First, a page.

THE Inland Sea of Sound festival is a work in progress.
The launch on Thursday of this year’s lineup of talent again revealed a broad mix of styles and experience.
The festival will bring together established music acts from around the country to perform alongside home-grown local talent spanning a wide range of genres including classic and alternate rock, folk, jazz, electronic and more.
This year’s biggest name act, The Cat Empire, brings a real music festival credibility to the event.
The Cat Empire has been selected to target a specific demographic – the young festival-goer who may have given the Inland Sea of Sound a miss in years gone by.
The other big name, Deborah Conway, will appeal to a different group.
Conway’s heyday was in the ’80s and ’90s and she will bring back the 40-something crowd that has previously gone along to ISOS to see the Black Sorrows and Bernard Fanning (pictured) perform live.
All of which might suggest the Inland Sea of Sound remains a festival still looking for an identity, but it must be given time.
In eight years Inland Sea of Sound has grown from a series of small backyard gigs to a two-night festival featuring some of Australia’s biggest music names, but there is still a long way to go.
But we should all be aware of just what a tough job the ISOS organisers face in trying to create a festival that can remain viable and popular in the long term.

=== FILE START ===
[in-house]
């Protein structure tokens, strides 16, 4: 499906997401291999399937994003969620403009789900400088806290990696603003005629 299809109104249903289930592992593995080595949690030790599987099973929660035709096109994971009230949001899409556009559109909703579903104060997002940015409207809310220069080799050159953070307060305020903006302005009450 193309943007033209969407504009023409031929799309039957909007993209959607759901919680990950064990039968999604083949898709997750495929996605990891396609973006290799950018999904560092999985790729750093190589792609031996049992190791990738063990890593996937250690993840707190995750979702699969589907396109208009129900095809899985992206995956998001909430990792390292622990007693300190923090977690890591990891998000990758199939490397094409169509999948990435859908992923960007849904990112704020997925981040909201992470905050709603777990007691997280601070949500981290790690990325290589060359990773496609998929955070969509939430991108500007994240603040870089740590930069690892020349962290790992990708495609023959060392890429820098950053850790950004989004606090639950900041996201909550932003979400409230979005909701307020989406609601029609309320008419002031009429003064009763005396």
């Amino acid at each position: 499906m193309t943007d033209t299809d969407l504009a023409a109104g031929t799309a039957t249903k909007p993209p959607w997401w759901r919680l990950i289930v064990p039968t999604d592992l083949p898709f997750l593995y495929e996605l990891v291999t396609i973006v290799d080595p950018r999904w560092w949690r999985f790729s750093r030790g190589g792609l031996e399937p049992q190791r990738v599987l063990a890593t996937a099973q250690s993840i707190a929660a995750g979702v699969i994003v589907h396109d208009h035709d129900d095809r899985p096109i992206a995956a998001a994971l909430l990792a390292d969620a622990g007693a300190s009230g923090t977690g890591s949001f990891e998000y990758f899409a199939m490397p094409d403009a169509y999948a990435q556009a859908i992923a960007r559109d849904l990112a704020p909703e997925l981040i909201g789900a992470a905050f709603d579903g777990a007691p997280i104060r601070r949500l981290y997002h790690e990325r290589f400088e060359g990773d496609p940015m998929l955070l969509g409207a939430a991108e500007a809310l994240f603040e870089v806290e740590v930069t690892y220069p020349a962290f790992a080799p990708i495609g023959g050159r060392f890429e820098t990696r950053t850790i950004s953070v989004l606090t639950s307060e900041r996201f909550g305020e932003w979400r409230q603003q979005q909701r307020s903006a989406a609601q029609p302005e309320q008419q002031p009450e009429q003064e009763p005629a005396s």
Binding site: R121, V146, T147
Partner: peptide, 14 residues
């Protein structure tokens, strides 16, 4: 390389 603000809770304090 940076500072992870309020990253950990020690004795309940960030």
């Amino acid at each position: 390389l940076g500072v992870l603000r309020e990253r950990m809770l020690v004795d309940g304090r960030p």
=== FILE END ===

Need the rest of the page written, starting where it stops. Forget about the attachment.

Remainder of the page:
Those difficulties are highlighted by the fact that even one of the biggest festival names in this country – Day on The Green – is no guarantee of longevity.
After several years of bringing such big-name acts as Hunters and Collectors. Hoodoo Gurus, Thirsty Merc and Baby Animals to Mudgee, Day on The Green will bypass that region this year due to concerns over a lack of support.
And it will be the same factor – support – that decides the long-term of success or otherwise of Inland Sea of Sound.
The Bathurst community must get on board because this region needs a music festival of its own.
And with a university at the foot of Mount Panorama, there is a ready-made music festival audience just waiting to be entertained by the right mix of acts.
As always, it’s a case of use or lose it. Get behind ISOS to ensure it’s still here for decades to come.